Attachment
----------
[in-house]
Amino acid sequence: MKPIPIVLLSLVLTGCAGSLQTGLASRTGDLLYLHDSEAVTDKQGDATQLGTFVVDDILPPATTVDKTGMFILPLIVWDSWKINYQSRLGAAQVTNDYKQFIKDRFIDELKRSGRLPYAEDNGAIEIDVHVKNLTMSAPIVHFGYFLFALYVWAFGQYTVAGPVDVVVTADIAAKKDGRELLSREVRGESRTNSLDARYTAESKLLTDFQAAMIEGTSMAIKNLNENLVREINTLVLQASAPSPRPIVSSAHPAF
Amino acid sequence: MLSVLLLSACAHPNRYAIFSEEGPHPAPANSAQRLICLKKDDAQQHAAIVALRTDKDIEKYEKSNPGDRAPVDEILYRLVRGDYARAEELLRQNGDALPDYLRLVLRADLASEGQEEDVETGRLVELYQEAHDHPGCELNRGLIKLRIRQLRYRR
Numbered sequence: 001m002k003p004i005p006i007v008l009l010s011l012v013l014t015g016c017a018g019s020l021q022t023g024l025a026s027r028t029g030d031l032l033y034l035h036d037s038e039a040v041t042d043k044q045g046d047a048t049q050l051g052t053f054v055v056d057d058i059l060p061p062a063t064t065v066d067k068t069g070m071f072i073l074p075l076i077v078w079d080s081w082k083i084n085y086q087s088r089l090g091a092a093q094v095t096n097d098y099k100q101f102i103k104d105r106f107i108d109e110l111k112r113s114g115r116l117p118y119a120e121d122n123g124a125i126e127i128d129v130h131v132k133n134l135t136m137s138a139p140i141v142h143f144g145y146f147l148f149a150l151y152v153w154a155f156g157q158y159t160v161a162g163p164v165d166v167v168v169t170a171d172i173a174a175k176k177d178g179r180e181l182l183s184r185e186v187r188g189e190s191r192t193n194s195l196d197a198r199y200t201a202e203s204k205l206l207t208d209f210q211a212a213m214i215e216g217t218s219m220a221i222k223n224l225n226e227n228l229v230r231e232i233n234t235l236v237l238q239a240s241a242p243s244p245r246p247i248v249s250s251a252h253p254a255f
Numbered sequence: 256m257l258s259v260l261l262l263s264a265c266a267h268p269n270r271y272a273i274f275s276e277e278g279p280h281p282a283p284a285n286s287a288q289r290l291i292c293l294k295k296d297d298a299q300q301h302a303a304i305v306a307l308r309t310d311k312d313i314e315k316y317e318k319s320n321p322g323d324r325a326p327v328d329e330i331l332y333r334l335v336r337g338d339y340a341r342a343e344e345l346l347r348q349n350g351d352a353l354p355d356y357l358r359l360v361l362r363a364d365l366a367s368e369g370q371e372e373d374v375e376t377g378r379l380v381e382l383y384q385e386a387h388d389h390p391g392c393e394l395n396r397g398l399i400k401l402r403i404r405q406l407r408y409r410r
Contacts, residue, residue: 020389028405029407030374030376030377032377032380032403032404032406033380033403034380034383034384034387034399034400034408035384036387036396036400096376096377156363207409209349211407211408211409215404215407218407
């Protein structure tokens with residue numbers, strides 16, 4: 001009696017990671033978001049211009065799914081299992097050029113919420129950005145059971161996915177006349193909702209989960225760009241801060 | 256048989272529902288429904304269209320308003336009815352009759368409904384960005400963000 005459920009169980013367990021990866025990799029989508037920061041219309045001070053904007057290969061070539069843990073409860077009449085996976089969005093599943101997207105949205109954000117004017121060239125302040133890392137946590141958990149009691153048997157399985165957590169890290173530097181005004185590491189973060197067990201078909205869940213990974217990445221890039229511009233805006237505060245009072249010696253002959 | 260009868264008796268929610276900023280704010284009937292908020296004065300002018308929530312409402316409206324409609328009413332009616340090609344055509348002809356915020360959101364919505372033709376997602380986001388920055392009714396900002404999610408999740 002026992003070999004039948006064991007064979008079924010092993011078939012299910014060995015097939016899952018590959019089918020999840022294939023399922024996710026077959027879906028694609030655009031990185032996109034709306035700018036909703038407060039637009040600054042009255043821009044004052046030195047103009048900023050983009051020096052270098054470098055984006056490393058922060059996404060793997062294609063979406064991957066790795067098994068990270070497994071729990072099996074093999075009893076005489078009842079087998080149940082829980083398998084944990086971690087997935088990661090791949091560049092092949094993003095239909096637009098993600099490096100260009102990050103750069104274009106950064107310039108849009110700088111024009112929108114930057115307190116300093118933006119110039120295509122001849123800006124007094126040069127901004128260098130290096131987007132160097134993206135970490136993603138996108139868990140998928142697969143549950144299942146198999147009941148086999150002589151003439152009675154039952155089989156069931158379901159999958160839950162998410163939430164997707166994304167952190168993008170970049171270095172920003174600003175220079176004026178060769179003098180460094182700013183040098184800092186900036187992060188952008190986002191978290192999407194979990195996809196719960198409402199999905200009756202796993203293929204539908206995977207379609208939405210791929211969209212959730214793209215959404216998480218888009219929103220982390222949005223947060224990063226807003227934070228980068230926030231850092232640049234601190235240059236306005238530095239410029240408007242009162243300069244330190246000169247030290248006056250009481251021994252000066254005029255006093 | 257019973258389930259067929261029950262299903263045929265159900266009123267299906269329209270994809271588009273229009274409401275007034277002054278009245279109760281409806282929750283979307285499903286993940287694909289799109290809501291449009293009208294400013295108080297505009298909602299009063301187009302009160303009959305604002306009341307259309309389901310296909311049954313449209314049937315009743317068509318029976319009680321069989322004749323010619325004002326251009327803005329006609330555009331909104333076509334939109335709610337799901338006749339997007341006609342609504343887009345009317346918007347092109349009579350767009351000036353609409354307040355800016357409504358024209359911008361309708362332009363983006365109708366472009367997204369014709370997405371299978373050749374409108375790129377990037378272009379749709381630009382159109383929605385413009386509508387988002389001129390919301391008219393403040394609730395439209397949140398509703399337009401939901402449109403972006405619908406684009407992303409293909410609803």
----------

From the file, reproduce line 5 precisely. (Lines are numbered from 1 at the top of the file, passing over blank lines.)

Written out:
Numbered sequence: 256m257l258s259v260l261l262l263s264a265c266a267h268p269n270r271y272a273i274f275s276e277e278g279p280h281p282a283p284a285n286s287a288q289r290l291i292c293l294k295k296d297d298a299q300q301h302a303a304i305v306a307l308r309t310d311k312d313i314e315k316y317e318k319s320n321p322g323d324r325a326p327v328d329e330i331l332y333r334l335v336r337g338d339y340a341r342a343e344e345l346l347r348q349n350g351d352a353l354p355d356y357l358r359l360v361l362r363a364d365l366a367s368e369g370q371e372e373d374v375e376t377g378r379l380v381e382l383y384q385e386a387h388d389h390p391g392c393e394l395n396r397g398l399i400k401l402r403i404r405q406l407r408y409r410r